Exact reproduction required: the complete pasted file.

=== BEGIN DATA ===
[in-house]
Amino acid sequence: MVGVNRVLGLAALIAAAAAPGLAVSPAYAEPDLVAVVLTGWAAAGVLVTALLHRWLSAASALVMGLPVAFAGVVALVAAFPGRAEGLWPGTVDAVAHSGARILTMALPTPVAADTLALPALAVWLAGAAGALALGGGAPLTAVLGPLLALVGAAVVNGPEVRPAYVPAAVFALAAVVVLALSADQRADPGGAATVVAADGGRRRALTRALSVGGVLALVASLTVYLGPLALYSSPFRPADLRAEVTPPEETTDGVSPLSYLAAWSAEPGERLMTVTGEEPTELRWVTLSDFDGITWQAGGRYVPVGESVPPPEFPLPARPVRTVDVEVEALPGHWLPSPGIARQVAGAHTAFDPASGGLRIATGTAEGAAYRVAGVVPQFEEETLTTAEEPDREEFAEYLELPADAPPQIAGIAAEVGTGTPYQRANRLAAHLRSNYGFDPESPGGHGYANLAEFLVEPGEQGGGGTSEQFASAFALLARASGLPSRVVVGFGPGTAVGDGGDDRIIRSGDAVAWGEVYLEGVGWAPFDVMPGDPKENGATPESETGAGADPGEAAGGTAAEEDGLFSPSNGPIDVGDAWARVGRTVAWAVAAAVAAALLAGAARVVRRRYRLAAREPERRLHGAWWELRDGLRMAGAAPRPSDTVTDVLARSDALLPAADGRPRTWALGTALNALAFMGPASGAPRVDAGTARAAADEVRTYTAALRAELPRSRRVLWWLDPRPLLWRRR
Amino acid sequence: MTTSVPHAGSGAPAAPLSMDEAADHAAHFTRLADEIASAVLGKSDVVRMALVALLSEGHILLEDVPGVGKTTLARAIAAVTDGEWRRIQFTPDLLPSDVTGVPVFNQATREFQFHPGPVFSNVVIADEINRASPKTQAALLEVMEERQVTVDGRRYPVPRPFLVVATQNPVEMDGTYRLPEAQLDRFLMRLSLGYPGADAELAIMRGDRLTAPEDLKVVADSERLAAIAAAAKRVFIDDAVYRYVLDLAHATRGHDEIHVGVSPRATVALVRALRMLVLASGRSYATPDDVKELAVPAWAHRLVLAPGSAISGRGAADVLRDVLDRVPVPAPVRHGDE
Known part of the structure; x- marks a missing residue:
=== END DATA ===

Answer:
[in-house]
Amino acid sequence: MVGVNRVLGLAALIAAAAAPGLAVSPAYAEPDLVAVVLTGWAAAGVLVTALLHRWLSAASALVMGLPVAFAGVVALVAAFPGRAEGLWPGTVDAVAHSGARILTMALPTPVAADTLALPALAVWLAGAAGALALGGGAPLTAVLGPLLALVGAAVVNGPEVRPAYVPAAVFALAAVVVLALSADQRADPGGAATVVAADGGRRRALTRALSVGGVLALVASLTVYLGPLALYSSPFRPADLRAEVTPPEETTDGVSPLSYLAAWSAEPGERLMTVTGEEPTELRWVTLSDFDGITWQAGGRYVPVGESVPPPEFPLPARPVRTVDVEVEALPGHWLPSPGIARQVAGAHTAFDPASGGLRIATGTAEGAAYRVAGVVPQFEEETLTTAEEPDREEFAEYLELPADAPPQIAGIAAEVGTGTPYQRANRLAAHLRSNYGFDPESPGGHGYANLAEFLVEPGEQGGGGTSEQFASAFALLARASGLPSRVVVGFGPGTAVGDGGDDRIIRSGDAVAWGEVYLEGVGWAPFDVMPGDPKENGATPESETGAGADPGEAAGGTAAEEDGLFSPSNGPIDVGDAWARVGRTVAWAVAAAVAAALLAGAARVVRRRYRLAAREPERRLHGAWWELRDGLRMAGAAPRPSDTVTDVLARSDALLPAADGRPRTWALGTALNALAFMGPASGAPRVDAGTARAAADEVRTYTAALRAELPRSRRVLWWLDPRPLLWRRR
Amino acid sequence: MTTSVPHAGSGAPAAPLSMDEAADHAAHFTRLADEIASAVLGKSDVVRMALVALLSEGHILLEDVPGVGKTTLARAIAAVTDGEWRRIQFTPDLLPSDVTGVPVFNQATREFQFHPGPVFSNVVIADEINRASPKTQAALLEVMEERQVTVDGRRYPVPRPFLVVATQNPVEMDGTYRLPEAQLDRFLMRLSLGYPGADAELAIMRGDRLTAPEDLKVVADSERLAAIAAAAKRVFIDDAVYRYVLDLAHATRGHDEIHVGVSPRATVALVRALRMLVLASGRSYATPDDVKELAVPAWAHRLVLAPGSAISGRGAADVLRDVLDRVPVPAPVRHGDE
Known part of the structure; x- marks a missing residue: